Dancing is like dreaming on your feet | Sunday Observer

Dancing is like dreaming on your feet

Danseuse Aseka Wijewardene mesmorises audiences with exquisitely, graceful dancing and evocative, expressions. It is no wonder that Aseka is such a unique dancer for rhythm and dance flows in the blood of this third generation danseuse. Her parents are the internationally renowned dancing duo Channa Wijewardene and Upuli Pani Bharatha Wijewardene while her maternal grandfather is the legendary Guru of Dance, Pani Bharatha.

The name Aseka means one who knows all (siyalla dath) and she is indeed a veritable fount of knowledge about dance especially where traditional Sri Lankan dance is concerned.

Aseka is grace and femininity personified be it on stage or in real life. Dainty and slight of build, she has a beautiful, vivacious and expressive face and eyes, great assets for a dancer.

Even before she formally started learning traditional Sri Lankan dancing at eight years of age, Aseka had been character acting on stage and one such role was the role of Prince Siddhartha.

Today, Aseka is one of the principal dancers of the Channa-Upuli Dance Foundation which her illustrious parents founded in 1988. Even though a principal dancer Aseka says that she still has much to learn and has a long way to go.

Aseka has experienced the best of both worlds in dancing. She has studied Western classical ballet under Deanna Jayasuriya – a Grande dame of ballet in Sri Lanka. Though she loved it Aseka had to bid adieu to ballet as there are differences of style and movement in Western classical ballet and traditional Sri Lankan dances. Ballet is essentially a feminine, airy form of dance while traditional Sri Lankan dances are strong and to make a complete switch from one dance form to the other while practising both, was difficult. Aseka has embraced the traditional Sri Lankan dance forms with her heart and soul. A true daughter of Lanka she is very proud of the country’s rich cultural heritage and dance traditions. She finds them exciting and inspiring and she reveres them. Therefore, she is meticulous in adhering to the dance traditions of our land, as a proud exponent of Sri Lankan dance.

She gladly endures grueling hours of exercise and practise and many hours on stage to give of her best to the profession she loves and she makes sacrifices too. What a normal young girl enjoys like hanging out with friends and other such entertainment are not for her. If at all she hangs out with friends from the industry where after a show or rehearsal they may go for dinner or something similar. Aseka says that she is lucky that her school friends from Ladies College and other friends understand her. For Aseka the sacrifices she makes are worth it for the sake of dance and of course she has her parents as inspiration. She also had the fortune of having her iconic maternal grandfather, the late Pani Bharatha as a great influence in her life and profession.

According to Aseka every movement, every step and embellishment in the traditioal Sri Lankan dance signify religious and spiritual elements, which give them depth and make them unique.

Aseka is a feminist to her core and she always brings this to whichever dance form she portrays. This trait in her comes from mother Upuli’s aunt who was one of the first female dancers who brought feminine grace to the art of Kandyan Dancing. Aseka says that some of the movements had to be stylised in a way suited to Upuli’s aunt.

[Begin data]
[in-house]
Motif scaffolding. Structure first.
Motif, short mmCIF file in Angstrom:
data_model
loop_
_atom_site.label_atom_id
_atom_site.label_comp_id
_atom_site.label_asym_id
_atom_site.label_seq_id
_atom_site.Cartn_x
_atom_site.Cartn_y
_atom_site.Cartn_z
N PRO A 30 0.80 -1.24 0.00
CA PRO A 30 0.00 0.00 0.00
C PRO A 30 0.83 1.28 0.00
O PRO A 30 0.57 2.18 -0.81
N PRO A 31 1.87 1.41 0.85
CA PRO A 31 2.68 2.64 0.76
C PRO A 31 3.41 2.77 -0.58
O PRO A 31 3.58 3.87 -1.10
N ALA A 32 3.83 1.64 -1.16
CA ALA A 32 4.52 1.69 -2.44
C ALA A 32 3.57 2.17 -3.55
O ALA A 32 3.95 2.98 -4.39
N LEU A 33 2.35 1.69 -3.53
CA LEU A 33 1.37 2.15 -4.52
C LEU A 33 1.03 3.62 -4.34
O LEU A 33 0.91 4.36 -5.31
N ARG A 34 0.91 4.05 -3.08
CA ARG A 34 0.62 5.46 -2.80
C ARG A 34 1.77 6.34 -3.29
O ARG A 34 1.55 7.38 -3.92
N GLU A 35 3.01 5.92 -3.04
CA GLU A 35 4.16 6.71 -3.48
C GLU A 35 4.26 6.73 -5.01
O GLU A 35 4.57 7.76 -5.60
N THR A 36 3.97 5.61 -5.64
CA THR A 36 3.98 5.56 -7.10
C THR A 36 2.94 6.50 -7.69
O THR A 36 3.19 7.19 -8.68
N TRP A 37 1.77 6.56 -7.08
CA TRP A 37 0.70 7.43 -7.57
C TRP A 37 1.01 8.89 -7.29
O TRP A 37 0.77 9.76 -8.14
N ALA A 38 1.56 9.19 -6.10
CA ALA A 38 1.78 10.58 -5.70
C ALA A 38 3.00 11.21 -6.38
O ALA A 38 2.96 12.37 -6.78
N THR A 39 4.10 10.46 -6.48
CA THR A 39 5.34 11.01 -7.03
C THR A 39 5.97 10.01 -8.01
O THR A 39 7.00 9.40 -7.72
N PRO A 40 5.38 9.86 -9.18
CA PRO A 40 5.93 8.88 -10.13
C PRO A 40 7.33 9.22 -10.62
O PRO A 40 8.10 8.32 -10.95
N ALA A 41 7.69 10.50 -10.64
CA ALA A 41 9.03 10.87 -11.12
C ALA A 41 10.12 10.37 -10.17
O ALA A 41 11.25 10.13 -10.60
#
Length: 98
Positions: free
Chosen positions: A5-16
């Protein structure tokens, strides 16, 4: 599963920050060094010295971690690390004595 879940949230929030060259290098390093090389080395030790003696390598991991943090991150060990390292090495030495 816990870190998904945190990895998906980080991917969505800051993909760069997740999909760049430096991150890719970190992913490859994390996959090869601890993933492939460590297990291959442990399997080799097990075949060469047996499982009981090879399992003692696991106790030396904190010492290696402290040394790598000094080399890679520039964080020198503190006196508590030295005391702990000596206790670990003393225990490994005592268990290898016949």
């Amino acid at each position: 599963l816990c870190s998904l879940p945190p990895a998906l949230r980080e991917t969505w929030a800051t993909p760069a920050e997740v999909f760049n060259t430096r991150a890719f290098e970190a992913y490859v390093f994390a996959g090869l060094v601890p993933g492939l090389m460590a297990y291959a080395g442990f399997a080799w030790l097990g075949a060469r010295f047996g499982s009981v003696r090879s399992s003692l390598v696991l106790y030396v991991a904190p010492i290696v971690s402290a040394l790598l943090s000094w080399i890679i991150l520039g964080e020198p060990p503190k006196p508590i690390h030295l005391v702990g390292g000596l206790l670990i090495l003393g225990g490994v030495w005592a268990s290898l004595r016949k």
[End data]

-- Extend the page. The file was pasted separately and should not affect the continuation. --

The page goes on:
Aseka explained that the beautiful, rhythmic, regal Kandyan dance has rigid and straight lines of movement and that it is also very powerful and masculine with throbbing Thalas. Aseka brings feminine grace to these masculine movements seamlessly incorporating into the dance enhancing its beauty while preserving its tradition.

The low country dance forms are more feminine and exquisitely beautiful as are the Sabaragamuwa dance forms unique to that Province says Aseka and this young danseuse loves them and enjoys performing these dances.

Dance is a very communicative art form and you should use your body, hands and face to convey what the dance is about to the audience she says.

Aseka is also a choreographer and has choreographed many dances and her inspiration comes from many things. She focuses on beauty and feminity in her postures, expressions and movements.

She loves the Indian dances, especially the Odyssey as they are feminine and fluid. She also likes the Thai dances and admires their costumes.

Though she reveres traditional dance forms, Aseka fully believes that you should move with the times. So she encourages Fusion Dance in a seamless blend of the Orient and the Occident and of the old and the new. The different elements should complement and not detract or jar against each other says this young dancer who is at home performing any form of dance.

Aseka is a much travelled dancer who is a cultural ambassador for Sri Lanka. She has performed at prestigious venues like the Sydney Opera House, Kennedy Centre in Washington and the Miller Theatre in Houston, USA among other noteworthy venues.

This talented dancer’s advice to aspiring artistes is you have to have a passion and commitment towards what you do and be ready to work hard and sacrifice much.

Asked about her future plans she says she strives to be better and better at what she does.

Good luck Aseka and may you dance from success to success!

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